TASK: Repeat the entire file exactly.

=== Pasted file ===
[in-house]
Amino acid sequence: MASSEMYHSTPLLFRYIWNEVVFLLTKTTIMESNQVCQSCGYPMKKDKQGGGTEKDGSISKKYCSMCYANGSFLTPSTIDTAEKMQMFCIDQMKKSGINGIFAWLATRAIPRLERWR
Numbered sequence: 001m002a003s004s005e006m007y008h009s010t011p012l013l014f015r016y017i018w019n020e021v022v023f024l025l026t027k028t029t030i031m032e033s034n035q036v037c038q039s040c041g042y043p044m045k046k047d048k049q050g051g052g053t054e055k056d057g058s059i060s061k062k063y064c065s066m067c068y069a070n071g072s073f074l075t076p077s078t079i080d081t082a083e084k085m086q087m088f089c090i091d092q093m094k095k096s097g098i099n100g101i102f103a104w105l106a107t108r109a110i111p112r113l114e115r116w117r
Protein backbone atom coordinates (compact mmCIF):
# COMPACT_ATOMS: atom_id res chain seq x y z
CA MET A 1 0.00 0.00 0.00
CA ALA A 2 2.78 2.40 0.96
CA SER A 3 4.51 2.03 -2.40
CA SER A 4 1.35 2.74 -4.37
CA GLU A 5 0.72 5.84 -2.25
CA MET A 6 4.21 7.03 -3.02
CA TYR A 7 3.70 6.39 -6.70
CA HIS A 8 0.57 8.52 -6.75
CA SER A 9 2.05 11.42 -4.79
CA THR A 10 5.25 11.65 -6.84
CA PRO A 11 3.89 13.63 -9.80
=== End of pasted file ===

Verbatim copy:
[in-house]
Amino acid sequence: MASSEMYHSTPLLFRYIWNEVVFLLTKTTIMESNQVCQSCGYPMKKDKQGGGTEKDGSISKKYCSMCYANGSFLTPSTIDTAEKMQMFCIDQMKKSGINGIFAWLATRAIPRLERWR
Numbered sequence: 001m002a003s004s005e006m007y008h009s010t011p012l013l014f015r016y017i018w019n020e021v022v023f024l025l026t027k028t029t030i031m032e033s034n035q036v037c038q039s040c041g042y043p044m045k046k047d048k049q050g051g052g053t054e055k056d057g058s059i060s061k062k063y064c065s066m067c068y069a070n071g072s073f074l075t076p077s078t079i080d081t082a083e084k085m086q087m088f089c090i091d092q093m094k095k096s097g098i099n100g101i102f103a104w105l106a107t108r109a110i111p112r113l114e115r116w117r
Protein backbone atom coordinates (compact mmCIF):
# COMPACT_ATOMS: atom_id res chain seq x y z
CA MET A 1 0.00 0.00 0.00
CA ALA A 2 2.78 2.40 0.96
CA SER A 3 4.51 2.03 -2.40
CA SER A 4 1.35 2.74 -4.37
CA GLU A 5 0.72 5.84 -2.25
CA MET A 6 4.21 7.03 -3.02
CA TYR A 7 3.70 6.39 -6.70
CA HIS A 8 0.57 8.52 -6.75
CA SER A 9 2.05 11.42 -4.79
CA THR A 10 5.25 11.65 -6.84
CA PRO A 11 3.89 13.63 -9.80